Mulesing is a controversial method of treating sheep to protect them from infestation by the so-called "sheep blowfly". These flies lay their eggs in the warm, dirty and poorly ventilated skin folds of the sheep's anal and genital regions. After hatching, the fly maggots eat their way into the animals, often leading to infection or even death. In the method, which is common in Australia and New Zealand, pieces of flesh around the anus and genital region are cut out of lambs in the 8-12 week after birth to prevent nesting. This creates scarred tissue, which prevents the parasites from settling. Due to the lack of technical expertise, lack of anesthesia and poor or inadequate wound care after treatment, this method, which is also used in the breeding of Merino sheep, should be viewed critically. In New Zealand, this process has largely been discontinued on a voluntary basis since 2010.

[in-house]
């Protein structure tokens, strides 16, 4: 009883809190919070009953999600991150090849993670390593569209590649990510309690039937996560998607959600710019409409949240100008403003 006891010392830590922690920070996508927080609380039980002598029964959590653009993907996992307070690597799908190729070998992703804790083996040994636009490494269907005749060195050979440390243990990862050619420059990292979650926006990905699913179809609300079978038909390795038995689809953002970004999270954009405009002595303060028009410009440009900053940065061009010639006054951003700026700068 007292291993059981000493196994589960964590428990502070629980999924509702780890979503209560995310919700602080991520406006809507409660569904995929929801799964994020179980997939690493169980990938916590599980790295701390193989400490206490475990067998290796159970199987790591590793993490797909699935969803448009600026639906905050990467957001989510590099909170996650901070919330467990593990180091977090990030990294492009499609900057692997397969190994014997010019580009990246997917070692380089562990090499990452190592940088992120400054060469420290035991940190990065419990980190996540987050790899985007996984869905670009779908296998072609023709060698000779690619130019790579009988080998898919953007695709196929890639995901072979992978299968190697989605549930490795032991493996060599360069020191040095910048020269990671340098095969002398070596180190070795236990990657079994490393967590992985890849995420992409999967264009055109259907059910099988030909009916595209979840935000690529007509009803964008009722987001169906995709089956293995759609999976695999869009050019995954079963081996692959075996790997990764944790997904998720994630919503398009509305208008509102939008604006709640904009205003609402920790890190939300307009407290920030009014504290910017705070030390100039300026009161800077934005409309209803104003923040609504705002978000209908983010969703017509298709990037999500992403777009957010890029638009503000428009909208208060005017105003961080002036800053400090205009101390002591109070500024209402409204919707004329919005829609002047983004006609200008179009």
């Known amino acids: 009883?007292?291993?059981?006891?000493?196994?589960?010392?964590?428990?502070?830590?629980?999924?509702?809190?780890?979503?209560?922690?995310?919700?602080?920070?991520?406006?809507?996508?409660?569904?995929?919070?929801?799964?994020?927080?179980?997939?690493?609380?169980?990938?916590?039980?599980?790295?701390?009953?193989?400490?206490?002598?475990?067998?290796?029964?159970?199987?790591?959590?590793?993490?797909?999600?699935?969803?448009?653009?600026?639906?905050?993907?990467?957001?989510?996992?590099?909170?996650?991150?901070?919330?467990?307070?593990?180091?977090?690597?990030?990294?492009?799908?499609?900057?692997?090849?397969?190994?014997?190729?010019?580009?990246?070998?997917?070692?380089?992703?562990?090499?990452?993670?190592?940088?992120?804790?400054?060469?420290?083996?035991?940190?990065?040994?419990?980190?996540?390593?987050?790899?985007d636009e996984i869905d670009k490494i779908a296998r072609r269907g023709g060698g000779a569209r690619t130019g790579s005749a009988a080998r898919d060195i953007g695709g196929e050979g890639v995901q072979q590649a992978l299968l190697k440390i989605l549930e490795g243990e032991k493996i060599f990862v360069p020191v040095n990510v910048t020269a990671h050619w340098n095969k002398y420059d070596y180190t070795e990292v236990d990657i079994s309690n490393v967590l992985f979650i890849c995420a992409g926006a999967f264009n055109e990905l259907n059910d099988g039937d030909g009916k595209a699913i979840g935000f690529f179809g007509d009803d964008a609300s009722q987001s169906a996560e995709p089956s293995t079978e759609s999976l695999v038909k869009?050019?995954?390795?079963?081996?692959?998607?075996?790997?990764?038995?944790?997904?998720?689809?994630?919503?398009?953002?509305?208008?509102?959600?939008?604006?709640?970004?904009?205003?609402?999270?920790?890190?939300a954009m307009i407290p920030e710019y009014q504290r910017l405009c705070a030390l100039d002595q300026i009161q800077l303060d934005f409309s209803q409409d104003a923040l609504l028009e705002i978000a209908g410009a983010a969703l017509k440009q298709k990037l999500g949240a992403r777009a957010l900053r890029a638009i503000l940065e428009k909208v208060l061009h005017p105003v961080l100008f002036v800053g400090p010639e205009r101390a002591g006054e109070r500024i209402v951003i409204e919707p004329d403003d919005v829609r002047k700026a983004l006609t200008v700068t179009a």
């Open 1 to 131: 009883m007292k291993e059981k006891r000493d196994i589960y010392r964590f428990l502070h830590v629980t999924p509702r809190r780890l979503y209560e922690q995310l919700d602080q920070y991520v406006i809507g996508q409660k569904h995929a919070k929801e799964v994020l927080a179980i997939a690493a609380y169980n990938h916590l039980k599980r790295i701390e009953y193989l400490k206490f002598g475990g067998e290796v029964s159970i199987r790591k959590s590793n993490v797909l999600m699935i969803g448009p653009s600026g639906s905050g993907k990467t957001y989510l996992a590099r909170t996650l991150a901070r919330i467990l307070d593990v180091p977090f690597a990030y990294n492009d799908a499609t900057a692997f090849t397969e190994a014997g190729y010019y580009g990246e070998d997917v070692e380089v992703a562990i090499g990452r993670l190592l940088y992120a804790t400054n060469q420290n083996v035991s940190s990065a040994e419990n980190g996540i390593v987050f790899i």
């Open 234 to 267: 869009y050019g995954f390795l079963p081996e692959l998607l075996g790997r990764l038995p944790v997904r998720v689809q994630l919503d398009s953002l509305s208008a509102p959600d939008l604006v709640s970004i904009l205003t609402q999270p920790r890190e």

Wool from Uruguay and Patagonia is considered mulesing-free, as flies do not occur in this region.